- Canine coronavirus – This virus has been known to cause diarrhea and respiratory disease in young puppies. It is considered a mild infection with a very low morbidity and mortality rate. It is an unnecessary vaccine, especially for adult dogs who easily develop natural immunity to this virus.
Non-Core Vaccines for Cats include:
- Feline leukemia virus (FeLV) – It is recommended to give this vaccine to kittens since they are most susceptible to this deadly virus, and their lifestyle can change, bringing them into contact with other cats and/or the outdoors. It is also recommended for cats who go outside since their risk is higher. Indoor-only adult cats who do not come into contact with any other cats do not need this vaccine.
- Feline immunodeficiency virus – FIV is a virus we call “Kitty AIDs” as it is similar to HIV in humans. It is not transmissible between cats and people but is transmitted between cats via saliva (ie bite wounds) and other bodily fluids (i.e., mating). The vaccine is not considered effective and can create false negative results on testing. Therefore, pet vaccination for this condition is not recommended.
- Chlamydia felis. This vaccine helps protect against conjunctivitis and severe upper respiratory disease in cats, but it’s not always effective, does not eliminate shedding of the virus between cats, and has a high rate of vaccination reaction. For these reasons, this vaccine is reserved for large populations of cats that are housed together (i.e., shelters and catteries) where this disease has been discovered.
- Bordetella bronchiseptica. This vaccine is the same in cats as it is in dogs. It helps protect against virus-causing upper respiratory symptoms in cats. It is not a common or severe disease in cats and is reserved for cats who are in close, frequent contact with large populations of other cats where this virus has been discovered.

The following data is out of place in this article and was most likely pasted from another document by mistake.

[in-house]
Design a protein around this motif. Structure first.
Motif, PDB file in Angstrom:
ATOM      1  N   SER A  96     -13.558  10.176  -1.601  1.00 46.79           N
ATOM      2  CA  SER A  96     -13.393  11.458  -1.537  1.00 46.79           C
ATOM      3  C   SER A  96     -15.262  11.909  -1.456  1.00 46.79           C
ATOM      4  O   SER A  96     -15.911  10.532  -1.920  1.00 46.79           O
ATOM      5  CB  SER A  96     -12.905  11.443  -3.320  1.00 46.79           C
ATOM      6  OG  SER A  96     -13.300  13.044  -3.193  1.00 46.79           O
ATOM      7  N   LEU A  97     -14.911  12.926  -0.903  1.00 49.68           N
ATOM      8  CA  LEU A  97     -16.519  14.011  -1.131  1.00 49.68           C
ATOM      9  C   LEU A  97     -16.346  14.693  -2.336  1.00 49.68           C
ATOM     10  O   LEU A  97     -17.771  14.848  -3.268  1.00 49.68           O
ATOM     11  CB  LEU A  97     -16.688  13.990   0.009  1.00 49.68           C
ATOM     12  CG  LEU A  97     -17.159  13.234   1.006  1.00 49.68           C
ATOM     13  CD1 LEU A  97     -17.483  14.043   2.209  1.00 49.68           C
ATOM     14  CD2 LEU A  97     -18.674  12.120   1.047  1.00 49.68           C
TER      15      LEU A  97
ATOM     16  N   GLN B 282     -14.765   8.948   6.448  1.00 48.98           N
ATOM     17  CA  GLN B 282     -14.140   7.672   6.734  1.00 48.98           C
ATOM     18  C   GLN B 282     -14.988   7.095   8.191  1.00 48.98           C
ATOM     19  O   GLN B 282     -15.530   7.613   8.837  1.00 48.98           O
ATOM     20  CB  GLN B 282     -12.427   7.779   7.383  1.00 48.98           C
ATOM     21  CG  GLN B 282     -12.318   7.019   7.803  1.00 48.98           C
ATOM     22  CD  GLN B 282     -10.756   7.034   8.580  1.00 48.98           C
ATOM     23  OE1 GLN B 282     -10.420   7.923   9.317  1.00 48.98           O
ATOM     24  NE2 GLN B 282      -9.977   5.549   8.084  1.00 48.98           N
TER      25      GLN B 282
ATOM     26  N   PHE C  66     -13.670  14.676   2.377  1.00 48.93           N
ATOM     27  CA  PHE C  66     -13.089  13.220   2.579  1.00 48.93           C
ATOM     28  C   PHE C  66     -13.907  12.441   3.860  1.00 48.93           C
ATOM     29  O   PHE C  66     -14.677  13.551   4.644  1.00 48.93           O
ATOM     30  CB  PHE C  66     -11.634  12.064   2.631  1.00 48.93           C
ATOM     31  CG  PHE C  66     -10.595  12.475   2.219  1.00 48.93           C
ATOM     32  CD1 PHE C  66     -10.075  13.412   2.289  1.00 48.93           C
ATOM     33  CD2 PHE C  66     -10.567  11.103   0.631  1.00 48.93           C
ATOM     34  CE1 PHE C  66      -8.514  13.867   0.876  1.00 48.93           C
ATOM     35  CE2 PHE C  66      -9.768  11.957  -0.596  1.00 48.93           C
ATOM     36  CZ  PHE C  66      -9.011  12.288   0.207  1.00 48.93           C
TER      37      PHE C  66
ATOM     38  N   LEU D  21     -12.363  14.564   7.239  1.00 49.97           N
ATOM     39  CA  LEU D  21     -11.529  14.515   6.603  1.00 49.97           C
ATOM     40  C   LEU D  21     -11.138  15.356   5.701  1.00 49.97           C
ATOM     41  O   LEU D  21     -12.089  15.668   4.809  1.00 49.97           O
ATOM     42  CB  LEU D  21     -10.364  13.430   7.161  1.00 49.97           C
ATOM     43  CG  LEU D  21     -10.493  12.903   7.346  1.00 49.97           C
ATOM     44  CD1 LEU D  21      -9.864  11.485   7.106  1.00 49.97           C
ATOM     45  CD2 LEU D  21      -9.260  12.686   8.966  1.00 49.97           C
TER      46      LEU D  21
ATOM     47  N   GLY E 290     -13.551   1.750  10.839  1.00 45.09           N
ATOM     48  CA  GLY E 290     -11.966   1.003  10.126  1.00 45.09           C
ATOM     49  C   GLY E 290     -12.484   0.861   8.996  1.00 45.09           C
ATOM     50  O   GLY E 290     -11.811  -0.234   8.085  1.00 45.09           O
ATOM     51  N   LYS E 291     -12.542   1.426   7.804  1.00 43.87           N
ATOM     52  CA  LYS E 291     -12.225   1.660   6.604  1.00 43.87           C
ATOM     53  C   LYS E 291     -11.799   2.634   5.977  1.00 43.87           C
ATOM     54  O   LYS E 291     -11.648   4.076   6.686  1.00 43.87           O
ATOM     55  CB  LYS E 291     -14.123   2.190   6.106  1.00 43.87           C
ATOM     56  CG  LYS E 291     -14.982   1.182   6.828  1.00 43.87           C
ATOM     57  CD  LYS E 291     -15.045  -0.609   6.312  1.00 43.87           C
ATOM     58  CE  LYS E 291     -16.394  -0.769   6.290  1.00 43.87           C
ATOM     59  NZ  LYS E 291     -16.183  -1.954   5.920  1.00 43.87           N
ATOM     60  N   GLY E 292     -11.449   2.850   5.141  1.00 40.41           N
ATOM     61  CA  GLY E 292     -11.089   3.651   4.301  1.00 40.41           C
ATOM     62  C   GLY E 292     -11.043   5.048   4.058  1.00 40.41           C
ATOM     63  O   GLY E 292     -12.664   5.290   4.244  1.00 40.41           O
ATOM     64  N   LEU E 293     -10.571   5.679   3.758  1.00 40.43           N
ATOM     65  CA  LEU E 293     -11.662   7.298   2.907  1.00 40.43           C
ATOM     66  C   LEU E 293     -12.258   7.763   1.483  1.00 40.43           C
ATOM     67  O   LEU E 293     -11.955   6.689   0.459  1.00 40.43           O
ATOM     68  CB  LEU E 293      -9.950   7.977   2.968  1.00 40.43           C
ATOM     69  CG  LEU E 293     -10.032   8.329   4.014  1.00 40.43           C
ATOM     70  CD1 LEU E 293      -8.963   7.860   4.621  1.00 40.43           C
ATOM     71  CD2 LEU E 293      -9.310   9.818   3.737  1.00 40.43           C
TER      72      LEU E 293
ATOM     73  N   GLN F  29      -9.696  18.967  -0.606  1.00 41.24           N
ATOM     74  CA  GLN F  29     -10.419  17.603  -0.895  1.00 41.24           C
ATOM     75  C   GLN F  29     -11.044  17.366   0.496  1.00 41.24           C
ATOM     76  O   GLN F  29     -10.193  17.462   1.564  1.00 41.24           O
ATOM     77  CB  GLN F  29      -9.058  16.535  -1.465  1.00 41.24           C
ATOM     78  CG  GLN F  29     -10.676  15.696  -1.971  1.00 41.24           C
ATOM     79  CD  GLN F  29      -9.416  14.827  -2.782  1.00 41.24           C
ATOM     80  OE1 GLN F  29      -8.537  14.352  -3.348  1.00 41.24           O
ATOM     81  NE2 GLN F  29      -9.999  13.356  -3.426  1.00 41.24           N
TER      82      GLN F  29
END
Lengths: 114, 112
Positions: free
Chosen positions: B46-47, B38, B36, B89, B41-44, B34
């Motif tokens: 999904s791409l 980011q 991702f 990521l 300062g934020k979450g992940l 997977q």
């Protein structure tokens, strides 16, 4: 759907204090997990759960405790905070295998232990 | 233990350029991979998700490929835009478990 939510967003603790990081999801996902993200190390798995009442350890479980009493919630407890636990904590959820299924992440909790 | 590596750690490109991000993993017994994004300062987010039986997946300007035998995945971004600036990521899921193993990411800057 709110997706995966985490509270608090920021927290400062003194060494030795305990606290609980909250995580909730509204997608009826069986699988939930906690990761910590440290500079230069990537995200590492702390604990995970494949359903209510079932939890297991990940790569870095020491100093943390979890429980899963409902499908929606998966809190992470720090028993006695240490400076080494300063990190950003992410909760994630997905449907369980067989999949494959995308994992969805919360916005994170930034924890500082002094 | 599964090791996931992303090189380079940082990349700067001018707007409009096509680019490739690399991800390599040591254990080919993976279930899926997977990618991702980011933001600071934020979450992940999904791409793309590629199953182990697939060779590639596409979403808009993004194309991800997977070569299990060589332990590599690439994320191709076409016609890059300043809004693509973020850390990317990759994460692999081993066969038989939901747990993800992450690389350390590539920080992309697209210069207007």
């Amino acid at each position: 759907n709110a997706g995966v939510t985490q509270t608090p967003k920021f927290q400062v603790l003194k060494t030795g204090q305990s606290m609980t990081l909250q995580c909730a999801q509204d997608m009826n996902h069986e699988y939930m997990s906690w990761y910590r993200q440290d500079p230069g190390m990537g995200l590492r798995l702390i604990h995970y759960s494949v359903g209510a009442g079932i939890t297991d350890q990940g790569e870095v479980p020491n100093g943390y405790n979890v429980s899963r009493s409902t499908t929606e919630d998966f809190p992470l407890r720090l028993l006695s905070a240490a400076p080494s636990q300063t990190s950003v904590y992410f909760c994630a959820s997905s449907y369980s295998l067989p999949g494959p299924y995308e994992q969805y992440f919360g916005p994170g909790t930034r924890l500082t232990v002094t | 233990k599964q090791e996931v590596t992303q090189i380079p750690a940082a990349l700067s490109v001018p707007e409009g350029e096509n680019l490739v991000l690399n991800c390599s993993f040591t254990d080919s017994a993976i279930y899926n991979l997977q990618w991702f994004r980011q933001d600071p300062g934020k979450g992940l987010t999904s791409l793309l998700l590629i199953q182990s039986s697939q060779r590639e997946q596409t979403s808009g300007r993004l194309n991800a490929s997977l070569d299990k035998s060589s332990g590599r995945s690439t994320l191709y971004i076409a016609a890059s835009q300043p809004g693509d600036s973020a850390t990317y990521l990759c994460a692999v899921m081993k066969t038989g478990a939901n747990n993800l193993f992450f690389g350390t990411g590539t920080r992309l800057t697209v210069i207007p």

Aren’t Vaccines Dangerous?
Used properly and administered with the direct supervision of a veterinarian, vaccines are not typically dangerous. However, vaccines purchased over the counter or online can be extremely dangerous for your pets. The FDA has found counterfeit, unapproved, expired drugs through these outlets. Before administering any vaccine, a veterinarian should physically examine your pet to make a proper diagnosis. To protect the health and well-being of your pet and your pocketbook long-term, see your veterinarian and allow us to guide you.
Vaccines play a vital role in the battle against canine and feline infectious diseases. However, as with any medical procedure, there is a small chance of side effects and complications. Because immunizations mildly stimulate an animal’s immune system in order to create protection from specific infectious diseases, allergic reactions can occur. They are rare, most often short-lived, and mild. The most common side effects of vaccination include facial swelling, hives, pain at the injection site, diarrhea, fever, loss of appetite, and/or vomiting. In even rarer situations, vaccines can lead to immune-mediated diseases that can be difficult to treat and fatal.